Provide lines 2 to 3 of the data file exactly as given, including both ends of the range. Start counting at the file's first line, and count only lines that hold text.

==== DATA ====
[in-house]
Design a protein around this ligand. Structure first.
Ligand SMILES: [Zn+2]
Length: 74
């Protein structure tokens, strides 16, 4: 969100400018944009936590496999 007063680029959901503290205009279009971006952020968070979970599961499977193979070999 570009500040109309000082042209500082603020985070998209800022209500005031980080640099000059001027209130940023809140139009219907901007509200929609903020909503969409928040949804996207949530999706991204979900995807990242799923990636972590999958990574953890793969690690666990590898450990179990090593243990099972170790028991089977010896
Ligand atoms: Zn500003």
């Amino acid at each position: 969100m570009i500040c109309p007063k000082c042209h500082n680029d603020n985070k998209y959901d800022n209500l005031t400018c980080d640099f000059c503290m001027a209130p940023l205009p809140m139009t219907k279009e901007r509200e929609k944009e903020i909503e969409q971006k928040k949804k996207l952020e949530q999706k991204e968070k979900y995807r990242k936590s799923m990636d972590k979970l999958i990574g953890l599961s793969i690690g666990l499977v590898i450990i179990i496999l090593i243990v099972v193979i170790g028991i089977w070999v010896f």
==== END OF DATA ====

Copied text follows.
Design a protein around this ligand. Structure first.
Ligand SMILES: [Zn+2]